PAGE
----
‘People need to stop dragging their feet’: Using telehealth during COVID-19 pandemic

As the COVID-19 pandemic continues to spread across the United States, increasing numbers of practices and hospitals are turning to telehealth to safely care for patients.

Recently, Medicare announced it would be expanding reimbursement for office, hospital and other telehealth visits in the United States to help slow the spread of the novel coronavirus. Before this expansion, Medicare only provided limited telehealth payments, including for patients living in rural areas.

“Medicare beneficiaries across the nation, no matter where they live, will be able to receive a wide range of services via telehealth without ever having to leave home,” CMS Administrator Seema Verma said during a White House press briefing. “And these services can also be provided in a variety of settings, including nursing homes, hospital outpatient apartments, and more.”

The AMA expressed its support for the measure in a statement from its president Patrice A. Harris, MD, MA, in which she noted that telehealth is critical to both managing COVID-19 and maintaining care during the pandemic.

The AMA encourages any private payers that are not already covering telehealth services to remove those limitations now,” she said. “The AMA stands ready to help physicians expand their use of telemedicine and continues to invest in resources that provide physicians with a proven path for integrating telemedicine and digital health technologies into patient care.”

Although the importance of telehealth has begun to receive national attention during the COVID-19 pandemic, many institutions have used it for years.

Jefferson Health, a health care system in the Philadelphia area, has implemented a systemwide telehealth program in the practices and hospitals for the last 5 years.


Jefferson Health’s telehealth program, known as JeffConnect, allows providers to communicate with their colleagues and directly consult with their patients in video visits that are conducted online through a computer, an iPhone or iPad, or Android device.

The program also allows patients to schedule appointments and communicate directly with an on-demand ED physician.

Judd Hollander, MD, senior vice president of health care delivery innovation at Thomas Jefferson University, noted that the program is unique from others in that it includes only physicians within the Jefferson Health system.

The JeffConnect program allows patients to visit their regular physicians in all specialties, as all physicians “have the ability to do telehealth with their own patients,” Hollander said.

Handling infections like COVID-19

Telehealth has multiple benefits for physicians and patients alike in terms of preventing the spread of infections like COVID-19 and influenza, Hollander explained.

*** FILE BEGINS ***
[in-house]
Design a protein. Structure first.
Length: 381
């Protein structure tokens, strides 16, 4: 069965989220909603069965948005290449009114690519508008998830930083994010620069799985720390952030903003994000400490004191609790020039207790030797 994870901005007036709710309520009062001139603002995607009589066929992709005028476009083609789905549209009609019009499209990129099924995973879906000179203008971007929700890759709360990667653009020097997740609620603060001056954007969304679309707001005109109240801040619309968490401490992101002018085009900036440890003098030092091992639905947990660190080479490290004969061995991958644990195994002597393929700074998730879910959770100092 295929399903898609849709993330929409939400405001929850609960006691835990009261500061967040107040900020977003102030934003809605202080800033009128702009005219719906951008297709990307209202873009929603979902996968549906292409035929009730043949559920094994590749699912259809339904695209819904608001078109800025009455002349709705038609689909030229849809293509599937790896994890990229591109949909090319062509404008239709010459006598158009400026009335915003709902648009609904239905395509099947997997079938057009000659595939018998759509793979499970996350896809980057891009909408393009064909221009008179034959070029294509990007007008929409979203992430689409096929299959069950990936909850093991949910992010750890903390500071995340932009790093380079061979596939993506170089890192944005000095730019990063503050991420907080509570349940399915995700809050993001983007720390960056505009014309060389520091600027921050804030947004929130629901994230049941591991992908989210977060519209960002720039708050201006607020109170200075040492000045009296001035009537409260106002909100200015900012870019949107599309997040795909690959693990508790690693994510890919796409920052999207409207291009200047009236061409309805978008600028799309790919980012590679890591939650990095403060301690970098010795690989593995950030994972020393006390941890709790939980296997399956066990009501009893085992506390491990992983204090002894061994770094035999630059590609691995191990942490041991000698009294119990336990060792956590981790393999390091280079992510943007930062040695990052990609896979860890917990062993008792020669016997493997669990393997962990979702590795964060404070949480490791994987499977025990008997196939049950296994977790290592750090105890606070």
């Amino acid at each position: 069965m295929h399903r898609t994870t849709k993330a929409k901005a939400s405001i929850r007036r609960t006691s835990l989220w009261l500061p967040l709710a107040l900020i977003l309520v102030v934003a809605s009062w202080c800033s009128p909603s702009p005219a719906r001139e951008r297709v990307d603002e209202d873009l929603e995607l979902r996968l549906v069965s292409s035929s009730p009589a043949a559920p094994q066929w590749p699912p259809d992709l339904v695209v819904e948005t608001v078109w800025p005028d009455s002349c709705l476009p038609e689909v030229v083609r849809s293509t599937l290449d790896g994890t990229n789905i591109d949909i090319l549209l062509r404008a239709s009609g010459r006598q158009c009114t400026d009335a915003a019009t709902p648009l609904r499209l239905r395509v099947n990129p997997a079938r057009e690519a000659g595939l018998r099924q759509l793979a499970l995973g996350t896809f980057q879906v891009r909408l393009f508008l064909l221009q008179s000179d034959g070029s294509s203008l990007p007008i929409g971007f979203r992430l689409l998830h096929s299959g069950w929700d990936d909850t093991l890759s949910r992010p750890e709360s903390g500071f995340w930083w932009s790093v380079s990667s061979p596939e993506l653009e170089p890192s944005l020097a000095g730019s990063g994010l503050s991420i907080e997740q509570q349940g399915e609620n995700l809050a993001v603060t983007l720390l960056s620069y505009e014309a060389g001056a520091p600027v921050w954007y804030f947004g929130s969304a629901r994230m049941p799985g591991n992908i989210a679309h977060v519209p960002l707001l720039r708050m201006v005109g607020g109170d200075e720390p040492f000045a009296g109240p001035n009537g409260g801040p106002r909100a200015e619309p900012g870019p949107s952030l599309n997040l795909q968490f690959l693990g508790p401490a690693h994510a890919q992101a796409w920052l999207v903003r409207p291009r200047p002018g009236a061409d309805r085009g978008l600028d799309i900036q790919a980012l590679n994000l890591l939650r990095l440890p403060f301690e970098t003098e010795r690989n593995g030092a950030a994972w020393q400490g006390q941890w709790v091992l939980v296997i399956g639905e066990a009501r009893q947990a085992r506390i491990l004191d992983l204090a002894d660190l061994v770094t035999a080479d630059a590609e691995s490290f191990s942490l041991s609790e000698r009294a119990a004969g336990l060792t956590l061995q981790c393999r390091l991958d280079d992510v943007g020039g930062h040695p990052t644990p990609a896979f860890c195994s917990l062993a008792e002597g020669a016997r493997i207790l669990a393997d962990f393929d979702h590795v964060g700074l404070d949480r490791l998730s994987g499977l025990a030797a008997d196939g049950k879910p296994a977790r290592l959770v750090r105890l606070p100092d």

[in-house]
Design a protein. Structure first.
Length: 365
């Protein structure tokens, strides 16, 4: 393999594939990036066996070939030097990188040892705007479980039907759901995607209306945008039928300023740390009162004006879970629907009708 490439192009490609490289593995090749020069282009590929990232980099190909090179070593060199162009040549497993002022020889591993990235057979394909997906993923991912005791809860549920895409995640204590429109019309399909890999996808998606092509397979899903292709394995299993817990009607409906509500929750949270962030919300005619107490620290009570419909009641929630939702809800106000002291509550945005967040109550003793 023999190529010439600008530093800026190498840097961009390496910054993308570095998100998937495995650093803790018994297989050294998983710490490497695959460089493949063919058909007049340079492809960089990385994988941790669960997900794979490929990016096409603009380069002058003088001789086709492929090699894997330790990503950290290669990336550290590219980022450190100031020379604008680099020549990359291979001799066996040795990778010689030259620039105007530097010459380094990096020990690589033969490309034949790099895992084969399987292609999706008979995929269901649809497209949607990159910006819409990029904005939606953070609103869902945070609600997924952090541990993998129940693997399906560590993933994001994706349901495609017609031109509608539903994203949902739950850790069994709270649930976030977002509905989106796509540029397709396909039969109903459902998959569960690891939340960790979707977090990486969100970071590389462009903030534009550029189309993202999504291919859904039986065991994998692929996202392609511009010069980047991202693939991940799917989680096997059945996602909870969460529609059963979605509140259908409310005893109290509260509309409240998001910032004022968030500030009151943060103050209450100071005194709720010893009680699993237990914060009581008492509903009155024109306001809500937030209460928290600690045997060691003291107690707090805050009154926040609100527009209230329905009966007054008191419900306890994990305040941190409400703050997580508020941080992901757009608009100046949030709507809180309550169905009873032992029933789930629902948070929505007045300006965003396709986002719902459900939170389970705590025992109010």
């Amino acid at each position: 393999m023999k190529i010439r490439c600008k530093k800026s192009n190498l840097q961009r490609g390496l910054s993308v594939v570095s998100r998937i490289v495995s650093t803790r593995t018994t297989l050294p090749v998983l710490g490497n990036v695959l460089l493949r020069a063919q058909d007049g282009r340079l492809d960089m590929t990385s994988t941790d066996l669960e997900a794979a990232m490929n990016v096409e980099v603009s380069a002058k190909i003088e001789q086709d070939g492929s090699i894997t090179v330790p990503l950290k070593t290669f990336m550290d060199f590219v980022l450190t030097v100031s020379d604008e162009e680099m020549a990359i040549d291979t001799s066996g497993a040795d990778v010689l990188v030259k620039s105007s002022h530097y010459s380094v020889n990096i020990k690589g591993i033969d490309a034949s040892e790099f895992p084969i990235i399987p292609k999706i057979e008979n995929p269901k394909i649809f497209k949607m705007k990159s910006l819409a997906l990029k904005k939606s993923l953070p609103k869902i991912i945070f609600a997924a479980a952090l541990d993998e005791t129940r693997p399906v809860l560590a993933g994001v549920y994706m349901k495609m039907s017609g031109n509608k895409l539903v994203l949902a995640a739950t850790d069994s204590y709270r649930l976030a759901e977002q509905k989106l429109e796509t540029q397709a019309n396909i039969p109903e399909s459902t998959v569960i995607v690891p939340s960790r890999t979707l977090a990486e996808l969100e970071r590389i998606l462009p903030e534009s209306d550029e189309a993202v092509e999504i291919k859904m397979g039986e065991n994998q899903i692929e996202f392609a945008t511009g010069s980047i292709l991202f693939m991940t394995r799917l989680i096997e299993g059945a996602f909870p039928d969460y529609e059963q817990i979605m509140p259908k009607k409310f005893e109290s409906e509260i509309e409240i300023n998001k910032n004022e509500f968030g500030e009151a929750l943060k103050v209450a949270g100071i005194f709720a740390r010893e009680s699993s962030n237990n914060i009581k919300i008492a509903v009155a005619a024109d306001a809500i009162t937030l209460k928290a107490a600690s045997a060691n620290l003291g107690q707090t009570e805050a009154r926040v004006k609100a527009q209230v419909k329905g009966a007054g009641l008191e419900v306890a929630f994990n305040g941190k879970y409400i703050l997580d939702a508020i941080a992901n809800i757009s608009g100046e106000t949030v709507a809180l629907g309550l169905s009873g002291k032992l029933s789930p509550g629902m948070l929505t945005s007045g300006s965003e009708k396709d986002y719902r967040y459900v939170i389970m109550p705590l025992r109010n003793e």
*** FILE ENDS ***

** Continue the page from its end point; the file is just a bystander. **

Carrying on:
Through telehealth, patients can stay home and schedule a virtual visit with their regular physician or an on-demand physician instead of presenting at a clinic and potentially exposing themselves or others to infection.

“We don’t want people to come to the emergency department unless they’re really sick,” Hollander said. “We don’t want people to get on buses. We don’t want people to get on trains. We want people who are not symptomatic enough to require emergency care to stay home.”

He noted that patients with symptoms of infection who do present at the ED or an urgent care center are handed an iPad that they can use to communicate with the physician while alone in a private room, which “can limit the number of people who come in and out.”

Hollander explained that if the pandemic in the United States reaches the scale of that in other hard-hit countries like China and Italy,, then physicians will need to figure out how to manage caring for patients with coronavirus in addition to all their other patients.

Using their telehealth program, Jefferson Health physicians can still safely see most of their patients — those with coronavirus and those with prescheduled visits.

Physicians may not have the capacity to test everyone with COVID-related symptoms or concerns about exposure, according to Hollander. Therefore, approaches for COVID-19 testing could be similar to current strategies for influenza where testing is prioritized in certain people — like those who are hospitalized. Otherwise, patients can quarantine and treat themselves at home, he said.

Cost of telehealth implementations

There is concern among payers that telemedicine will drive costs because patients will find it convenient to use and engage in care more often, according to Hollander. However, he disagrees with that theory.

“Primary care providers are only going to spend so many hours a day seeing patients,” he said. “It doesn’t matter whether they see them in person or via telemedicine. So, I don’t think it’s possible for telemedicine to really drive up costs. Most physicians are at capacity now, and I don’t think they’re going to add increased capacity, which is what the payers like to talk about as an excuse for not funding it now.”